E3 Hands-on: Dancing the day away with a bear and a hare in Hell Yeah!
Once upon a time, the opportunity to play it was passed over in favor of speaking at length to the man behind it. A tough decision for sure, but one for which there are no regrets. But this is E3, with all its glitz and gaudiness, its bass and babes, its bombshells and busts — both on the babes and on the press conference stages. This is the show, and Hell Yeah! Wrath of the Dead Rabbit might just be the game coming to Xbox Live Arcade. Abstaining from experiencing firsthand at The Big Show, one of the most promising upcoming games for XBLA, simply wouldn’t do. Even waiting just a wink longer until XBLA Fans’ scheduled time with the game later in the week arrived just wouldn’t do.
At first glance, Wrath of the Dead Rabbit looks like everything that was great about those sublime ‘tude-filled, blast-processed platformers that graced Sega’s Genesis. Pick up the controller, and you’ll discover that the game is that and more, so much more. The title’s intensity meter starts at 11 in the opening level and only cranks up from there. When a player-character’s preferred mode of conveyance is a circular saw with a rocket launcher mounted to it, vivid acts of violence are to be expected. Although studio co-founder Camille Guermonprez previously confirmed that there will be a number of other vehicles in the game, the wheel took center stage at E3, just as it had at PAX East.
As was soon discovered after picking up the controller, the titular rabbit Ash will be able to choose from more weapons than just the rocket launcher. His undead octopus buddy made an appearance and graciously offered a gift to Hell’s prince: a machine gun. Ash, as is perhaps befitting of his regal heritage, is easily bored, though. Nestor explained that it’s easy to swap between weapons and a number of empty slots for future tools of destruction were spotted. Rockets are fun and all, but the machine gun came in far more handy when it came to dispensing of everything in Ash’s path during the demo.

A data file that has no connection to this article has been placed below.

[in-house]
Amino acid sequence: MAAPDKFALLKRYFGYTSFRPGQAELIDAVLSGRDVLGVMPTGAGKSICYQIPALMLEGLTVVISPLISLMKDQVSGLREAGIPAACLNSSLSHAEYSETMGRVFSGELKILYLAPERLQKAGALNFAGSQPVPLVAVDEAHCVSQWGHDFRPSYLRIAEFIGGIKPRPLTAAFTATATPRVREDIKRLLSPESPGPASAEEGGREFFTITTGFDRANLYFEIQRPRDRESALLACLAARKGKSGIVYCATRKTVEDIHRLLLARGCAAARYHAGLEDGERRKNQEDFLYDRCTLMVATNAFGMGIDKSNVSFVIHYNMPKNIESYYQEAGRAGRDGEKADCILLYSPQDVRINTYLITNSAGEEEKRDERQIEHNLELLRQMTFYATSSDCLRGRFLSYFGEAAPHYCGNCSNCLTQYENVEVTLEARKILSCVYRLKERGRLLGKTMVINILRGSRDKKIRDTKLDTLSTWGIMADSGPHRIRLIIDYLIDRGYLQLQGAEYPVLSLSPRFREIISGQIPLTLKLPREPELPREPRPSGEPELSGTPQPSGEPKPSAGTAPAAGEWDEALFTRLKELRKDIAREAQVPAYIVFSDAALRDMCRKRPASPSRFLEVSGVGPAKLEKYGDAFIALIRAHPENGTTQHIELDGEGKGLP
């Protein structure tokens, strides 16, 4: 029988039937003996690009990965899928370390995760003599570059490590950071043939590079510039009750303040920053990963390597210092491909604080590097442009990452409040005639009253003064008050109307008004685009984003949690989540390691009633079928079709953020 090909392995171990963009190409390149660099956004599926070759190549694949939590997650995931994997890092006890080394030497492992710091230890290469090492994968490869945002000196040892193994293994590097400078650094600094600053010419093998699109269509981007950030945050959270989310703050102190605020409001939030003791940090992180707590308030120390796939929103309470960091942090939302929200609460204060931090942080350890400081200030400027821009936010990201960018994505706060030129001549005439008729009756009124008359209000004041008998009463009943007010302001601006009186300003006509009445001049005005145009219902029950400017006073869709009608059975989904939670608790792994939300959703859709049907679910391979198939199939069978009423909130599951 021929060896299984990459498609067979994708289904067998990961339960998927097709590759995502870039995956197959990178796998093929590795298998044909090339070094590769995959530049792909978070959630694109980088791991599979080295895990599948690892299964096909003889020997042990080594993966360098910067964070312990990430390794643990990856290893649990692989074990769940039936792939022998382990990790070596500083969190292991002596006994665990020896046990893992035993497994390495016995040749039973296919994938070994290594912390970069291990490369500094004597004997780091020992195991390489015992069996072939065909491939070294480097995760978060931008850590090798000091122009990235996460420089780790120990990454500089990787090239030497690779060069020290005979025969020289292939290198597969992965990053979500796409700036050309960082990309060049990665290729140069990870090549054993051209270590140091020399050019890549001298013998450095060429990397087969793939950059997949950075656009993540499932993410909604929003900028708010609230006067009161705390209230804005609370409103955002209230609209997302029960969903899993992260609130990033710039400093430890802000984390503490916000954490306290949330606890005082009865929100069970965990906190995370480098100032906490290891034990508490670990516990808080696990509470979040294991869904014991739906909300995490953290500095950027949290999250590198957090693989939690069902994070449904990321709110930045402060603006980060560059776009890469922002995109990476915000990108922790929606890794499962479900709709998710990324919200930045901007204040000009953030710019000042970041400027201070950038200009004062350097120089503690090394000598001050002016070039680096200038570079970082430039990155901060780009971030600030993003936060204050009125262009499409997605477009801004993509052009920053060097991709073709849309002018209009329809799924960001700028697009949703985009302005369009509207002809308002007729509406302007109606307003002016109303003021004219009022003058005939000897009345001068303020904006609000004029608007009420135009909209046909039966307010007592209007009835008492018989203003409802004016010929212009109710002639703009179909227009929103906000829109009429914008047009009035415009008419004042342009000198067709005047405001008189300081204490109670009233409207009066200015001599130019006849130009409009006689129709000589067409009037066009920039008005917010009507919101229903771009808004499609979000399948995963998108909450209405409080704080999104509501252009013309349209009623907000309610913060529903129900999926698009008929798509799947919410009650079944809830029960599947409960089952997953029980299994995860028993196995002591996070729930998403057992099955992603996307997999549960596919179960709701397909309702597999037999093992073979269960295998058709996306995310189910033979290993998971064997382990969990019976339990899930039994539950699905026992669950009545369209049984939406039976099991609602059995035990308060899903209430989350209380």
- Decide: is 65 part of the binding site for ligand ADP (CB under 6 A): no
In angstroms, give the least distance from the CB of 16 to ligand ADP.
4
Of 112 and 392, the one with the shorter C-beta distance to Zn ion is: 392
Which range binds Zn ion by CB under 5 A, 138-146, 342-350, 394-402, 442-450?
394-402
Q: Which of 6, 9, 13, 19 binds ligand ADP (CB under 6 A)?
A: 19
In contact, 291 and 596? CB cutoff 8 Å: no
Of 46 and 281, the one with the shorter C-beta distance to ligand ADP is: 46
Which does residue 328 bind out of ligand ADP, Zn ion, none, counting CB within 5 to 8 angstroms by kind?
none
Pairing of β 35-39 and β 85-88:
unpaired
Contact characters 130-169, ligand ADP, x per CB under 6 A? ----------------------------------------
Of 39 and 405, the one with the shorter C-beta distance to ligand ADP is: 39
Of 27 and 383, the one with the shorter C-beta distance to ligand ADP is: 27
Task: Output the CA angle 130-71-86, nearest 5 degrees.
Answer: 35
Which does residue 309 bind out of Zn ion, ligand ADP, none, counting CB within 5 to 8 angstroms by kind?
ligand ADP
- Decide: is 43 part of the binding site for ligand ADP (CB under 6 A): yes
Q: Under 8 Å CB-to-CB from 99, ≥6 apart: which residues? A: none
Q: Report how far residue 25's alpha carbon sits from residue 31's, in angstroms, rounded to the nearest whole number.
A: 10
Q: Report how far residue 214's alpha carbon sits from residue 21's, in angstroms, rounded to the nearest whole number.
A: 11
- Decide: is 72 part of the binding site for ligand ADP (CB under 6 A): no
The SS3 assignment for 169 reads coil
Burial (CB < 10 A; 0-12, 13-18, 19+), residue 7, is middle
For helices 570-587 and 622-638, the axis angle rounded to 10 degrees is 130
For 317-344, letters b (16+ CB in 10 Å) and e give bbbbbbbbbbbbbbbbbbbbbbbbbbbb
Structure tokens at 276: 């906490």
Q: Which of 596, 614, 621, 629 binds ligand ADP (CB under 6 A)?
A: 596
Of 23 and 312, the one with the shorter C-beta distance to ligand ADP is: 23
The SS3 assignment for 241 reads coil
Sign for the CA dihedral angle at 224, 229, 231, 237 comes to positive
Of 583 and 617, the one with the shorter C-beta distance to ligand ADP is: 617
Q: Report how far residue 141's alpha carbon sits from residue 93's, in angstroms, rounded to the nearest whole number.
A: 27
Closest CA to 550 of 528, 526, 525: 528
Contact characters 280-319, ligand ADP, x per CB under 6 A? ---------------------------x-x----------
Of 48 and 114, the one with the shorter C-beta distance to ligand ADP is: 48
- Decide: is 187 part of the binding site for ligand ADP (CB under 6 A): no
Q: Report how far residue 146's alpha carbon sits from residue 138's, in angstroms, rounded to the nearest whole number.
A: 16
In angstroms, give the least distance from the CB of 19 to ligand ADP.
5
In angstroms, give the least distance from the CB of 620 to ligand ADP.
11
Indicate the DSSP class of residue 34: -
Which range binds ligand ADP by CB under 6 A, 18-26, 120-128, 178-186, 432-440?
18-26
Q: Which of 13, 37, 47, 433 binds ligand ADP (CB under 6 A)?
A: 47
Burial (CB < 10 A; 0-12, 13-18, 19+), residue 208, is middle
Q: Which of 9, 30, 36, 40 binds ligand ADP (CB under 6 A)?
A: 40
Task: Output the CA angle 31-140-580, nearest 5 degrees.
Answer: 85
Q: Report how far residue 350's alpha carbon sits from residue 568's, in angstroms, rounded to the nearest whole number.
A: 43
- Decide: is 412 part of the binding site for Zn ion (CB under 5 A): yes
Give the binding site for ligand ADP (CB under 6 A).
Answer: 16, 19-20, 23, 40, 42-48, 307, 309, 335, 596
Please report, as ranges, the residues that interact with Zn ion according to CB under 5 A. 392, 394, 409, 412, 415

The slice of gameplay on display at Sega’s booth took place in a new level, one with a metallic theme to it and full of some rather angry mechanical monstrosities. Not the least of which was a 20-foot tall dancing robot bear that shot lasers out of what looked like Cyclops from X-men’s visor. It was easily the most amusing video-game adversary faced during a day filled with hands-on time with some of the biggest games of 2011’s second half, and it elicited a wide smile and several amused comments from onlookers. Getting nailed by just one of the laser blasts put Ash down for the count and brought about a subsequent respawn inside a coffin at a forgiving checkpoint.
Not knowing how easy it is for this dancing fool of a bear to kill the first son of Hell can cause some problems, then. Playing patiently and taking potshots from afar followed by moving in to inflict heavier damage when he dances the other way allows the player to make quick work of him, though, leading to a QTE minigame. The gaming public has soured on QTEs in recent years thanks to their oversaturation, but these ones are blessedly short and incredibly rewarding. Hitting four buttons in the proper sequence brought about a quick sequence in which Ash — sans circular saw — performed some unnecessarily complicated finishing maneuvers that were a blast to watch.
All of the minibosses in the game have had similar ingredients mixed into their batter by the deft hands of the Arkedo chefs that created these savory dishes. After the bear, came a delectable encounter with rocket-launching robot that ended by fingering its honey pot, so to speak. The challenge is to hold down a button to cause a finger to extend forth into the hole in a bee’s hive and steal honey away before the queen turns back around and spots the offending finger. It’s silly and wonderful, and the game is said to be filled with many other minigames of its ilk.
Aside from the crazy battles, platforming and world exploration are also major components of Hell Yeah!. The next stretch of the game involved carefully grinding through an iced-over area of the map that was liberally populated by mines of absurd proportions. Grind the saw in the wrong direction or just a tad to hard, and it’s game over. Speaking of which, the time to play the game was over shortly thereafter. For now, it’s back to impatiently waiting for a bear to ask for the privilege to dance later this year. Please keep the wait to a minimum, you dancing fool.